Cajal revisited: does the VMH make us fat?
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ABSTRACT: Melanocortin signaling plays a central role in the regulation of phenotypes related to body weight and energy homeostasis. To specifically target and study the function of proopiomelanocortin (POMC) neurons, Pomc promoter elements have been utilized to generate reporter and Cre recombinase transgenic reagents. Across gestation, we find that Pomc is dynamically expressed in many sites in the developing mouse forebrain, midbrain, hindbrain, spinal cord, and retina. Although Pomc expression in most embryonic brain regions is transient, it is sufficient to direct Cre-mediated recombination of floxed alleles. We visualize the populations affected by this transgene by crossing Pomc-Cre mice to ROSA reporter strains and identify 62 sites of recombination throughout the adult brain, including several nuclei implicated in energy homeostasis regulation. To compare the relationship between acute Pomc promoter activity and Pomc-Cre-mediated recombination at the single cell level, we crossed Pomc-enhanced green fluorescent protein (eGFP) and Pomc-Cre;ROSA-tdTomato lines. We detect the highest concentration of Pomc-eGFP+ cells in the arcuate nucleus of the hypothalamus and dentate gyrus but also observe smaller populations of labeled cells in the nucleus of the solitary tract, periventricular zone of the third ventricle, and cerebellum. Consistent with the dynamic nature of Pomc expression in the embryo, the vast majority of neurons marked with the tdTomato reporter do not express eGFP in the adult. Thus, recombination in off-target sites could contribute to physiological phenotypes using Pomc-Cre transgenics. For example, we find that approximately 83% of the cells in the arcuate nucleus of the hypothalamus immunoreactive for leptin-induced phosphorylated signal transducer and activator of transcription 3 are marked with Pomc-Cre;ROSA-tdTomato; only 13% of these are eGFP+ POMC neurons.Endocrinology 12/2011; 153(3):1219-31. DOI:10.1210/en.2011-1665 · 4.64 Impact Factor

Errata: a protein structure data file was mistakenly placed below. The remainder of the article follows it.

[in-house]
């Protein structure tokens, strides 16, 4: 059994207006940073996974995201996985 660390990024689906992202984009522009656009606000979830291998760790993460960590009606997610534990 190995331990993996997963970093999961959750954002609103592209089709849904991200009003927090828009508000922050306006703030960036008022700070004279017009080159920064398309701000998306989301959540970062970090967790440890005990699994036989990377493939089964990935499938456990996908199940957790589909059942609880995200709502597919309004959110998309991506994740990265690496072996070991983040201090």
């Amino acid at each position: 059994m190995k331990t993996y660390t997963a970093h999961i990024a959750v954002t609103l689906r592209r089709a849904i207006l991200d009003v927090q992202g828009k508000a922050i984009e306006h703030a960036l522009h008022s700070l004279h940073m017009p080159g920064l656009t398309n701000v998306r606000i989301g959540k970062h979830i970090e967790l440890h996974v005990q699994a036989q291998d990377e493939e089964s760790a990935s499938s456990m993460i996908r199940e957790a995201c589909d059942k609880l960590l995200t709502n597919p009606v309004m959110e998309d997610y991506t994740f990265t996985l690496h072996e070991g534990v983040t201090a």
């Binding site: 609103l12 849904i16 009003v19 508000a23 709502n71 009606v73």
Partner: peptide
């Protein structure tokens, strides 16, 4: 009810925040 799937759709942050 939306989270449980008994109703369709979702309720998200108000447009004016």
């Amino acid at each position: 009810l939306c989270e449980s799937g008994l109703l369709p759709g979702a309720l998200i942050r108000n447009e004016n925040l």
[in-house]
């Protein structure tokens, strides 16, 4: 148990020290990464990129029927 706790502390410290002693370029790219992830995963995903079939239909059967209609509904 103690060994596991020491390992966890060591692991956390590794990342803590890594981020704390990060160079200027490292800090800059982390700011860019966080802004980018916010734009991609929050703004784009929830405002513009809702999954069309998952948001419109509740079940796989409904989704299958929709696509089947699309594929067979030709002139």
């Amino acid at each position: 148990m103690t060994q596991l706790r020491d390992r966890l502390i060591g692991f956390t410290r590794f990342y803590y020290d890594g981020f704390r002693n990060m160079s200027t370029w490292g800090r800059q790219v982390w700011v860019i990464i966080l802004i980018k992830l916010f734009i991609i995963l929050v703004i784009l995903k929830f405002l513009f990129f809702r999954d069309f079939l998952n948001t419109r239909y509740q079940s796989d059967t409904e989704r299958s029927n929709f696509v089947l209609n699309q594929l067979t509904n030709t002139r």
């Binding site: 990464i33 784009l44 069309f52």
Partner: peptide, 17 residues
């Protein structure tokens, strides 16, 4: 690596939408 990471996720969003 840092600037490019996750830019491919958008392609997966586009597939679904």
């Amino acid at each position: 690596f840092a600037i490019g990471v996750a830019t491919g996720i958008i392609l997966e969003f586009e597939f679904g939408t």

- Nature medicine 04/2012; 18(4):496-7. DOI:10.1038/nm.2716 · 28.05 Impact Factor
Article: The many paths to fear.[Show abstract] [Hide abstract]
ABSTRACT: Fear is an emotion that has powerful effects on behaviour and physiology across animal species. It is accepted that the amygdala has a central role in processing fear. However, it is less widely appreciated that distinct amygdala outputs and downstream circuits are involved in different types of fear. Data show that fear of painful stimuli, predators and aggressive members of the same species are processed in independent neural circuits that involve the amygdala and downstream hypothalamic and brainstem circuits. Here, we discuss data supporting multiple fear pathways and the implications of this distributed system for understanding and treating fear.Nature Reviews Neuroscience 08/2012; 13(9):651-8. DOI:10.1038/nrn3301 · 31.38 Impact Factor